In the first part of this paper, the author reviews historical demographic research findings on the regulation of population reproduction. The data, which extend from the sixteenth to the twentieth centuries, are derived from family reconstitution studies in Germany and other European countries. Topics discussed include the adaptation of fertility to socioeconomic conditions; motives for fertility regulation; the rise in infant and maternal mortality rates as well as stillbirth rates in nineteenth-century Germany and their subsequent decline; and the role of value systems in contributing to differences in infant and child mortality.
The second part of the paper deals with some of the long-term consequences of historical demographic trends. The emphasis is on the implications of increased life expectancy. The situation in modern-day developing countries is also briefly discussed.
Location: Princeton University Library (SPR).

52:40635 John, A. Meredith. The slave population of nineteenth century Trinidad: a demographic analysis. Pub. Order No. DA8417422. 1984. 258 pp. University Microfilms International: Ann Arbor, Michigan. In Eng.
"This dissertation presents a demographic analysis of the slave population of Trinidad in the period 1807-1815. The data come from the Trinidad Slave Registration of 1813, and the registration update 1.75 years later. This data is supplemented by plantation level information: crop, owner's nationality, and location. The analytic methods employed include model life tables, stable population theory, indirect estimation of fertility, and logistic regression analysis."
The author finds that "the estimated expectation of life at birth was 16 years for male slaves and 19 years for female slaves. Estimated crude birth and death rates are higher than previously estimated....The estimated total fertility rate for all women appears extremely low (4.2); however, the estimate may be biased by the inclusion of women brought into Trinidad in 1813 with few or no children....The estimated mean birth interval is 32 months, corresponding to a mean duration of breastfeeding of 21 months."
This work was prepared as a doctoral dissertation at Princeton University.
Source: Dissertation Abstracts International, A: Humanities and Social Sciences 45(5).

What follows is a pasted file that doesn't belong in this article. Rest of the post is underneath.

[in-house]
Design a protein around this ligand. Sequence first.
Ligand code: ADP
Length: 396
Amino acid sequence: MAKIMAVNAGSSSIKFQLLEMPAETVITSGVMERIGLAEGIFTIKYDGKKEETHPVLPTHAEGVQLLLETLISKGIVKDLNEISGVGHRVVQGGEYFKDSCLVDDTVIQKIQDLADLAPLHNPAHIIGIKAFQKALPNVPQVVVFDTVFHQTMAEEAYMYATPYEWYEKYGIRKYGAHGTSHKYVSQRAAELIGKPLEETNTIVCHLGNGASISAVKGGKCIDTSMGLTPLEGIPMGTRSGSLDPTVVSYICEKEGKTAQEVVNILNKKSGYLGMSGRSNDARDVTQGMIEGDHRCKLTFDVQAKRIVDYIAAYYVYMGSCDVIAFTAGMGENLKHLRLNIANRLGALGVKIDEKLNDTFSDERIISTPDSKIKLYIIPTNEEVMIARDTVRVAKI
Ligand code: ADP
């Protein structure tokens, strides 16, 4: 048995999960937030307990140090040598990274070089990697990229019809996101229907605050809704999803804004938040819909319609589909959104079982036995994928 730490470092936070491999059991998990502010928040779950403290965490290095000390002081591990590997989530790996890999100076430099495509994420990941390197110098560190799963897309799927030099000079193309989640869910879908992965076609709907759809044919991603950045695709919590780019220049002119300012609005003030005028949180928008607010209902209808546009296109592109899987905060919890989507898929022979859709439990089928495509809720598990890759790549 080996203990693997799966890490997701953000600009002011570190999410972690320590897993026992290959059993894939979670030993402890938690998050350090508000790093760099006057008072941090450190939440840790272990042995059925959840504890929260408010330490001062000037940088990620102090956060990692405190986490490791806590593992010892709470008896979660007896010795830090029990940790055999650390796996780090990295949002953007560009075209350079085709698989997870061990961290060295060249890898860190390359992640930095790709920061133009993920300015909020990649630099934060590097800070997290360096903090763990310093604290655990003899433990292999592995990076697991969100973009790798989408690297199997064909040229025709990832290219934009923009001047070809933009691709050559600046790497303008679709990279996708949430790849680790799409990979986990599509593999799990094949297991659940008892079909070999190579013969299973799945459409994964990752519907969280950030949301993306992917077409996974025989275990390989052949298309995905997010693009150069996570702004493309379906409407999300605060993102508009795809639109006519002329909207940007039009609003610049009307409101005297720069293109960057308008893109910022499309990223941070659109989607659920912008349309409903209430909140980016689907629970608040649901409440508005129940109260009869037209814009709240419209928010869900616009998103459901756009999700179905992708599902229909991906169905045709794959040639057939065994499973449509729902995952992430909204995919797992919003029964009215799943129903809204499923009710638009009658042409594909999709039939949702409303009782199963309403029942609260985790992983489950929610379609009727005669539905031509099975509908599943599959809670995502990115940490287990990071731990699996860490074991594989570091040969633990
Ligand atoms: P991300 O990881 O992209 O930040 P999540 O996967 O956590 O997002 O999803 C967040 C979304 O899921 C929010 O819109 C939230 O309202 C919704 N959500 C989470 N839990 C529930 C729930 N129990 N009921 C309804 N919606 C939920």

52:40636 Laperche-Fournel, Marie-Jose. The population of the duchy of Lorraine from 1580 to 1720. [La population du duche de Lorraine de 1580 a 1720.] Centre de Recherches en Histoire Sociale et Religieuse, No. 1, ISBN 2-86480-160-4. 1985. 236 pp. Presses Universitaires de Nancy: Nancy, France. In Fre.
The author examines demographic developments in Lorraine, located in present-day France, during the seventeenth century, giving particular attention to the impact of the Thirty Years' War. Following a description and evaluation of the sources and methods used, which included tax and hearth rolls, demographic trends from 1585 to 1618 are discussed. The spatial distribution of the population and sizes of communities are analyzed. Consideration is then given to the demographic impact of the crises characterizing the middle of the seventeenth century, including war, disease, and famine. The study concludes by reviewing the signs of a demographic revival in the region that were evident in the early eighteenth century.
Location: Princeton University Library (SPR).

52:40637 Marr, William L. Nuptiality, total fertility and marital fertility in Upper Canada, 1851: a study of land availability, urbanization and birthplace. Canadian Studies in Population, Vol. 13, No. 1, 1986. 1-17 pp. Edmonton, Canada. In Eng. with sum. in Fre.
"This paper relates fertility ratios and nuptiality of the counties in Upper Canada in 1851-1852 to the amount of land available for farming and birthplace, respectively. These factors have been suggested as important causal influences in a rural society, which Upper Canada was in the mid-nineteenth century. As well, the explanatory powers of urbanization and schooling are investigated. Land availability and birthplace turn out to be able to explain a significant amount of the variation in fertility ratios and, to a lesser extent, nuptiality."
Location: Princeton University Library (SPR).

52:40638 Matthiessen, Poul C. The demographic transition. [Den demografiske transition.] In: Delhed og helhed: teoretiske og metodiske studier over komplicerede psykobiologiske faenomener. Festskrift til Iven Reventlow 2.6.1986, edited by Ib D. Petersen and Arne F. Petersen. 1986. 101-15 pp. Forlaget Politiske Studier: Copenhagen, Denmark. In Dan.
An analysis of the demographic transition in Denmark is presented. The author considers regional differences in the timing of the transition.
Location: Princeton University Library (SPR).